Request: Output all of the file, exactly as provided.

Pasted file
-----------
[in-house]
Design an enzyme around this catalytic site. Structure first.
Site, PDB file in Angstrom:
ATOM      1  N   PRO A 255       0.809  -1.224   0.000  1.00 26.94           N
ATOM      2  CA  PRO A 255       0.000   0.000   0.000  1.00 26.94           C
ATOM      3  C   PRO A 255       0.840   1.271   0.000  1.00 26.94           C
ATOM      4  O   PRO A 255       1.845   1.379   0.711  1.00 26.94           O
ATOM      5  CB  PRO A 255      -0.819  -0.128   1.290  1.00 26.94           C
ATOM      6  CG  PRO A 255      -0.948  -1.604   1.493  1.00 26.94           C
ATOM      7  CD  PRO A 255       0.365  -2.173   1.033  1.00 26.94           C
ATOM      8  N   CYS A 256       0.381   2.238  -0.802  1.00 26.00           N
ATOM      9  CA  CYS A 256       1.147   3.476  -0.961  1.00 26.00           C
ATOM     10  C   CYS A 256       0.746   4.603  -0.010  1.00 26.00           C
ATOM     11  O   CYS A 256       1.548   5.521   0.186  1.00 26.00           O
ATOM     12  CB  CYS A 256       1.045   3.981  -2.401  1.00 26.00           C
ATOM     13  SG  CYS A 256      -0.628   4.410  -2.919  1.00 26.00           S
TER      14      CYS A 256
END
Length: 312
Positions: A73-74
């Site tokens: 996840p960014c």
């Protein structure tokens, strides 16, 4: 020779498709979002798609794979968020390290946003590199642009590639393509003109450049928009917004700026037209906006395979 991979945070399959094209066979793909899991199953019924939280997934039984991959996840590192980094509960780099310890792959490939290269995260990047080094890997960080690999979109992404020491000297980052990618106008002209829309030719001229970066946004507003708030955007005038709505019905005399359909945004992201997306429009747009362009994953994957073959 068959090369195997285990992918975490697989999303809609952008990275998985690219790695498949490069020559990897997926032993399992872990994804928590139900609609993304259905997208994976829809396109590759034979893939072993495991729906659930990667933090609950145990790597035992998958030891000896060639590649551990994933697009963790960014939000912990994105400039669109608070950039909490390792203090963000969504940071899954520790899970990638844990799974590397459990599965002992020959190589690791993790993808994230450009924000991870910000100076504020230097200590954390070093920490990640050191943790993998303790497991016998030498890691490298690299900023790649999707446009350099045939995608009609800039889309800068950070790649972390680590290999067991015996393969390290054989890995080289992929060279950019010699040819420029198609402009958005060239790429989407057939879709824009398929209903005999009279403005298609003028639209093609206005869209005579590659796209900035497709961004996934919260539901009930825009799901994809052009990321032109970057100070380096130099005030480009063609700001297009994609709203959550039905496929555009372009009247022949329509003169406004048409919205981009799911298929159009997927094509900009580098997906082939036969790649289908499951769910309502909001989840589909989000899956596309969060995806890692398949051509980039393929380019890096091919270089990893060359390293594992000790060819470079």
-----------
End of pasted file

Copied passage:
[in-house]
Design an enzyme around this catalytic site. Structure first.
Site, PDB file in Angstrom:
ATOM      1  N   PRO A 255       0.809  -1.224   0.000  1.00 26.94           N
ATOM      2  CA  PRO A 255       0.000   0.000   0.000  1.00 26.94           C
ATOM      3  C   PRO A 255       0.840   1.271   0.000  1.00 26.94           C
ATOM      4  O   PRO A 255       1.845   1.379   0.711  1.00 26.94           O
ATOM      5  CB  PRO A 255      -0.819  -0.128   1.290  1.00 26.94           C
ATOM      6  CG  PRO A 255      -0.948  -1.604   1.493  1.00 26.94           C
ATOM      7  CD  PRO A 255       0.365  -2.173   1.033  1.00 26.94           C
ATOM      8  N   CYS A 256       0.381   2.238  -0.802  1.00 26.00           N
ATOM      9  CA  CYS A 256       1.147   3.476  -0.961  1.00 26.00           C
ATOM     10  C   CYS A 256       0.746   4.603  -0.010  1.00 26.00           C
ATOM     11  O   CYS A 256       1.548   5.521   0.186  1.00 26.00           O
ATOM     12  CB  CYS A 256       1.045   3.981  -2.401  1.00 26.00           C
ATOM     13  SG  CYS A 256      -0.628   4.410  -2.919  1.00 26.00           S
TER      14      CYS A 256
END
Length: 312
Positions: A73-74
């Site tokens: 996840p960014c």
């Protein structure tokens, strides 16, 4: 020779498709979002798609794979968020390290946003590199642009590639393509003109450049928009917004700026037209906006395979 991979945070399959094209066979793909899991199953019924939280997934039984991959996840590192980094509960780099310890792959490939290269995260990047080094890997960080690999979109992404020491000297980052990618106008002209829309030719001229970066946004507003708030955007005038709505019905005399359909945004992201997306429009747009362009994953994957073959 068959090369195997285990992918975490697989999303809609952008990275998985690219790695498949490069020559990897997926032993399992872990994804928590139900609609993304259905997208994976829809396109590759034979893939072993495991729906659930990667933090609950145990790597035992998958030891000896060639590649551990994933697009963790960014939000912990994105400039669109608070950039909490390792203090963000969504940071899954520790899970990638844990799974590397459990599965002992020959190589690791993790993808994230450009924000991870910000100076504020230097200590954390070093920490990640050191943790993998303790497991016998030498890691490298690299900023790649999707446009350099045939995608009609800039889309800068950070790649972390680590290999067991015996393969390290054989890995080289992929060279950019010699040819420029198609402009958005060239790429989407057939879709824009398929209903005999009279403005298609003028639209093609206005869209005579590659796209900035497709961004996934919260539901009930825009799901994809052009990321032109970057100070380096130099005030480009063609700001297009994609709203959550039905496929555009372009009247022949329509003169406004048409919205981009799911298929159009997927094509900009580098997906082939036969790649289908499951769910309502909001989840589909989000899956596309969060995806890692398949051509980039393929380019890096091919270089990893060359390293594992000790060819470079």